Fermi National Laboratory

Volume 22  |  Friday, October 1, 1999  |  Number 19
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New Plumbing for Wilson Hall

by Sharon Butler

Elaine McCluskey, of Fermilab Facilities and Engineering Services Section is in charge of Wilson Hall's renovation project Diners in the cafeteria sat up in 1993 when a chunk of concrete from the 15th floor tumbled down through the sloping glass wall on the south side of Wilson Hall.

Four years later, people bolted right out of their chairs when a distribution pipe broke on the 6th floor, creating an unwelcome waterfall that flooded the atrium. Deteriorated wall on the 15th floor.

Such anecdotes will be things of the past when construction work begins on a much-anticipated two-year project to right everything that's wrong in this architectural innovation unimaginatively dubbed, originally, the Central Lab, and now the High-Rise.

The Beauvais Cathedral in France served as inspiration for the design of Wilson Hall. The church's unfortunate history during the Medieval Ages might have forewarned the High Rise's architects of troubles to come. The cathedral was never completed west of the choir and transepts. And in 1284, its roof caved in requiring the choir to be reconstructed and strengthened by additional piers. Nevertheless, it was the loftiest building of its time in Europe, and a daring achievement in Gothic architecture. Its structure is held together internally only by a network of iron tie-rods.

Bracket used to support crossover beams. Like the Beauvais Cathedral, Wilson Hall is itself constructed of two lofty towers, connected by crossovers on each floor. The crossovers are tethered on the east side, while a series of joints connects the crossovers with the west tower. The joints were intended to "give"only during construction, to permit proper "tensioning"of the internal reinforcements. At the time, no one guessed that they would move with weather-related expansion and contraction. But that is exactly what happens. Hence, the concrete-on-concrete joints break rather than slide. The result has been broken windows, cracked concrete and falling pieces of cement.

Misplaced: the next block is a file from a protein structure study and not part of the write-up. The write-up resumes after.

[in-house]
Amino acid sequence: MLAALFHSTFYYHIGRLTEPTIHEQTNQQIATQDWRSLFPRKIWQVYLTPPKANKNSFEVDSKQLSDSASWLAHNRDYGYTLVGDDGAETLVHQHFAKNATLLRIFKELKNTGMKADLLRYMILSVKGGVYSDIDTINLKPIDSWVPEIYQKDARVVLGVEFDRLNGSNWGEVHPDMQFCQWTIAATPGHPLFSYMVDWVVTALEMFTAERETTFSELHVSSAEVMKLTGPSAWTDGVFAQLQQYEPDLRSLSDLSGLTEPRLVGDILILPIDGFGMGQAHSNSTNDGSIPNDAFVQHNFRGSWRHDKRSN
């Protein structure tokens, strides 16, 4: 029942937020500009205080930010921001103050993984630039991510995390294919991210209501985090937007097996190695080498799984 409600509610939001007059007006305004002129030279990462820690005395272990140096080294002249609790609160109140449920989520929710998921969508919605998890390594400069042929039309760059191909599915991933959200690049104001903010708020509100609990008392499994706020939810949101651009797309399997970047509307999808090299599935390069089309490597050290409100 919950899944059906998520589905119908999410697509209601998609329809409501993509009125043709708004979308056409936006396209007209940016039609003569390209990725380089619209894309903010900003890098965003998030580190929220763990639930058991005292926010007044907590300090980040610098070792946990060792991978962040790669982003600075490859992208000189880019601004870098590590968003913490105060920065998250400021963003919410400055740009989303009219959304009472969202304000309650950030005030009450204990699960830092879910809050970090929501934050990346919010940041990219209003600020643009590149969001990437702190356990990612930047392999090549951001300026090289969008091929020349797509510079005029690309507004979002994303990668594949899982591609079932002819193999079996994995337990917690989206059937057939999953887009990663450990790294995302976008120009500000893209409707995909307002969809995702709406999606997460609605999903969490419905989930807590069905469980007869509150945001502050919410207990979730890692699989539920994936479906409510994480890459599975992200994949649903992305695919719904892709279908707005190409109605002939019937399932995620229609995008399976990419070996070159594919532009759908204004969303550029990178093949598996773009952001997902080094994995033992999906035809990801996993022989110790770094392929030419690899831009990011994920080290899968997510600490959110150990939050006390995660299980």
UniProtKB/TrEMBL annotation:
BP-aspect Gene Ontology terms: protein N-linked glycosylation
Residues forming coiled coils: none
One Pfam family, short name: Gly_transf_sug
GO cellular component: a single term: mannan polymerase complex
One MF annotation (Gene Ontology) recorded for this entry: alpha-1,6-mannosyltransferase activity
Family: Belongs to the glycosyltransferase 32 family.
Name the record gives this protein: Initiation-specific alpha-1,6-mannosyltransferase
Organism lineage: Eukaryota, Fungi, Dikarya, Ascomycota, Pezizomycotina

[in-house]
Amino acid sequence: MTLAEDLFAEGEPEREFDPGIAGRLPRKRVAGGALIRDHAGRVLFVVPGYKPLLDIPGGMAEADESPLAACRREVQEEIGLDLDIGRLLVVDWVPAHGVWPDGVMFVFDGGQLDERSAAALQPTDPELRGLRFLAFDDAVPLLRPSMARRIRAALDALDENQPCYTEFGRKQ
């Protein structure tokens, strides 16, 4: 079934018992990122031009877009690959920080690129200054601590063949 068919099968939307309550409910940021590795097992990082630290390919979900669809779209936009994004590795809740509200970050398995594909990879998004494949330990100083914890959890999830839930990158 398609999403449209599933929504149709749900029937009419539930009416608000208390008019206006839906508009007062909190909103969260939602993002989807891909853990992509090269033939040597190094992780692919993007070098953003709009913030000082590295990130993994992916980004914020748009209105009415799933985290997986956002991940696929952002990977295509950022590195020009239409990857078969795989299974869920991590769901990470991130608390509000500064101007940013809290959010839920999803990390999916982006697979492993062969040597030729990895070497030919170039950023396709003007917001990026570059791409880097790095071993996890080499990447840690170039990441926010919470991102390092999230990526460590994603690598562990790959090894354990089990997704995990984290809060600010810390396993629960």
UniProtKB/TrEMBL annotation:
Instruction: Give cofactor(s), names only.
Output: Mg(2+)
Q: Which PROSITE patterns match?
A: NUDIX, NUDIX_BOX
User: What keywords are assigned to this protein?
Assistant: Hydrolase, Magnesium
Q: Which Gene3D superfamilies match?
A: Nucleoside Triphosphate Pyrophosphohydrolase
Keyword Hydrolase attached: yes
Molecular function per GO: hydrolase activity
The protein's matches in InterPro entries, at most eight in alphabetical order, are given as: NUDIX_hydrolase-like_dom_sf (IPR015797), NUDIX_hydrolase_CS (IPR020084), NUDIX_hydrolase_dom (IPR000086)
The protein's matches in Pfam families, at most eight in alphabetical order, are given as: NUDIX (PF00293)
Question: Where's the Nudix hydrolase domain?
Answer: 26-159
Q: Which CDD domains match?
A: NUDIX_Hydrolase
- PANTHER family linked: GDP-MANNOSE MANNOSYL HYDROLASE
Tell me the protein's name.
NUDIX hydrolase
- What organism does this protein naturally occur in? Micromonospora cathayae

Renovations, funded by the U.S. Department of Energy, will start the first week of October with an overhaul of the building's plumbing: the central risers that carry water up the main shafts, as well as the distribution pipes that carry the water to the bathrooms on the first six floors.

Work on the plumbing for the remaining floors will follow, as well as structural repairs to the crossovers, the window walls on the north and south sides of the building, the skylights and the floor in the front atrium.

To make sure that coring holes for the new plumbing work doesn't damage the structural integrity of the building, contractors will have to peer deep into the concrete floors using a standard technique called industrial radiography. The X-rays (actually, gamma rays) will enable engineers to determine the exact location of crucial structural components.

Don Cossairt, associate head for radiation protection at Fermilab, emphasized that the process is absolutely safe. It leaves behind no radioactive materials. Moreover, the radiography, like the rest of the plumbing work, will be performed only at night, between the hours of 6 p.m. and 6 a.m. The areas being analyzed will be closed off, with access given only to those people working on the radiography. (Notices on closures will be posted when details become available.) Licensed technicians will operate in accordance with state and federal regulations, Cossairt said.

Elaine McCluskey, the Fermilab engineer who is overseeing the entire renovation project, said that the contract restricts the plumbing work to after-hours so that most workers will not be disturbed by the noise.

Fermilab employees should be pleased with the results of the new plumbing. There won't be any more vile-tasting discolored water requiring the purchase of Sparkling Spring canisters. The drinking fountains will finally carry water that's chilled and filtered.

last modified 10/1/1999   email Fermilab